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Firefly Reviews

Firefly by Henry Porter

Firefly

Henry Porter

4.80 out of 5

4 reviews

Category: Thrillers, Fiction
Imprint: Quercus Publishing
Publisher: Quercus Publishing
Publication date: 1 Nov 2018
ISBN: 9781787470538

A superb new international thriller from this acclaimed and prize-winning writer: the boy could lead them straight to a terror threat at the heart of Europe. They just have to find him first - before the other side does

  • The Sunday TimesBooks of the Year
5 stars out of 5
John Dugdale
8 Jul 2018

"Full of poignant scenes and mesmeric action sequences"

remarkable comeback... The result is his best book yet, even better than 2005’s Brandenburg... Given its topicality and its sheer ambition, the resulting book is bound to be in contention for 2018’s thriller awards. But it’s also possible to imagine it challenging for the Orwell prize for political writing, such is the power of its depiction of the migrant exodus. Full of poignant scenes and mesmeric action sequences, it may be the first novel to do justice to the phenomenon’s epic scale.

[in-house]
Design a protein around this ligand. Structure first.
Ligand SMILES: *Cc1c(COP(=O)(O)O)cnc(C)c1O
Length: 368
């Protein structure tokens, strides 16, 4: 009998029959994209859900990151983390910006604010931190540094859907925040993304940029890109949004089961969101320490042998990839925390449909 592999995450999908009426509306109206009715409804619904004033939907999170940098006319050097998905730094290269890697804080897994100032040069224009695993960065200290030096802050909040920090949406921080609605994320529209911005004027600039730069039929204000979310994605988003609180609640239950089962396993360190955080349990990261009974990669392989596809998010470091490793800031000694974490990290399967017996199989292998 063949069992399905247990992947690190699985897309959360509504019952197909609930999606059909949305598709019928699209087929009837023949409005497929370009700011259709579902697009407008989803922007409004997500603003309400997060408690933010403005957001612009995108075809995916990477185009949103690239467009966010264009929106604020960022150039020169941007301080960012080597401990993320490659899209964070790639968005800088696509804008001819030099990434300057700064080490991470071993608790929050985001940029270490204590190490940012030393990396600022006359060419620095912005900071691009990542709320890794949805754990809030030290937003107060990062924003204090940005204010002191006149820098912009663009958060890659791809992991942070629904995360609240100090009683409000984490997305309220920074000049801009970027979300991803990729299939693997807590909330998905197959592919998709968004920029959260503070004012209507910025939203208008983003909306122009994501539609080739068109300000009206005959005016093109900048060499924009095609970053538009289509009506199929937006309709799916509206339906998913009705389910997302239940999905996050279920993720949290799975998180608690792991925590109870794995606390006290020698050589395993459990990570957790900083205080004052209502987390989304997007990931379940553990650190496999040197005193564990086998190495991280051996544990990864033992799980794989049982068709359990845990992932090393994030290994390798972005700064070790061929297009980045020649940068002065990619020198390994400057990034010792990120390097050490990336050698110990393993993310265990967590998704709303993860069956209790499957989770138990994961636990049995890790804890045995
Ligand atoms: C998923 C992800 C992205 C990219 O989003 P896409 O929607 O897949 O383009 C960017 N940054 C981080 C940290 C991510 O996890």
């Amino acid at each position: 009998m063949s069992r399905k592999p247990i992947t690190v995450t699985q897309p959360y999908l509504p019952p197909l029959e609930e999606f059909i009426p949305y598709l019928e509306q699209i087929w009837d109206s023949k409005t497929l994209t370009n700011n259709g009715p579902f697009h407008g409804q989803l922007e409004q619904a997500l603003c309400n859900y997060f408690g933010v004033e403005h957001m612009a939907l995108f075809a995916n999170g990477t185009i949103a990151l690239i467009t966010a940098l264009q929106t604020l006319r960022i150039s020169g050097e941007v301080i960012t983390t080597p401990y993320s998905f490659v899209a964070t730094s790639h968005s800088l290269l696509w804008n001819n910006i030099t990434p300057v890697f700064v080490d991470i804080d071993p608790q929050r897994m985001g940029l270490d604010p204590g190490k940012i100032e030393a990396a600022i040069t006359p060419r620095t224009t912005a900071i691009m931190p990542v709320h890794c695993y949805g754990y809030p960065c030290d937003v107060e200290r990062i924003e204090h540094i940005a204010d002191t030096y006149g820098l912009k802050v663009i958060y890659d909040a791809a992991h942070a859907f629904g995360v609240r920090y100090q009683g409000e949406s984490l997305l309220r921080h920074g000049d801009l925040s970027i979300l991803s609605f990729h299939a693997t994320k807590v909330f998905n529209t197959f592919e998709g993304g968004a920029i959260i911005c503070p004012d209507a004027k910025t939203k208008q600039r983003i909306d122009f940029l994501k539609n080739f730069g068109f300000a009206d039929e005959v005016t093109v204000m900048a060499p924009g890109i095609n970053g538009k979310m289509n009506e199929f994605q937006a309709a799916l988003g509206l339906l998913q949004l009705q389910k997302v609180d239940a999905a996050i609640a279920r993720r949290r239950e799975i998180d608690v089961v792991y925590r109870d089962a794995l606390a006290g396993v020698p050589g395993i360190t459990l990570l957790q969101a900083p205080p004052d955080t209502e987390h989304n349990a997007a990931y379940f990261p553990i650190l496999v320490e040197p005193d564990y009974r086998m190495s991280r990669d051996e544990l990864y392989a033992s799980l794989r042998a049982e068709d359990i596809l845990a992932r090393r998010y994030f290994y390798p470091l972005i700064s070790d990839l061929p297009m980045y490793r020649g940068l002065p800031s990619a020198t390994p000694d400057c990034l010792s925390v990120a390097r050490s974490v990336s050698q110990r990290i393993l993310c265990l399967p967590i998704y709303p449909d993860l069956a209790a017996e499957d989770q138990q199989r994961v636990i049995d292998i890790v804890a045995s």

Reviews

  • The SpectatorBook of the Year
5 stars out of 5
Peter Frankopan
10 Nov 2018

"a brilliant novel for our times"

...Henry Porter’s Firefly (Quercus, £14.99), a brilliant novel for our times that I could not put down, about terror threats, refugees and the challenges of the security services in the 21st century.

5 stars out of 5
Dan Jones
14 Aug 2018

"Porter is a veteran journalist who turns out to be one of our best thriller writers"

Firefly by Henry Porter (Quercus, £7.99) is brilliant; the brutal hunt for a terrorist jihadist and the long agonising and heartbreaking journey of a young refugee from Syria. Porter is a veteran journalist who turns out to be one of our best thriller writers.

4 stars out of 5
Alexander Larman
29 Jul 2018

"sharp journalistic attention to detail"

...feels unusually credible for a suspense thriller, but has a clear social purpose... there is both a sharp journalistic attention to detail (Porter was a regular columnist for the Observer) and genuine anger... If Firefly ultimately works better as a Le Carré-esque procedural than a ripping yarn, then its attainment is a greater and more serious one... Readers are unlikely to finish Firefly feeling the warm glow of escapism that a less sophisticated thriller might provide, but it offers something more important: a glimpse into a terrifying and random world in which there are few happy endings.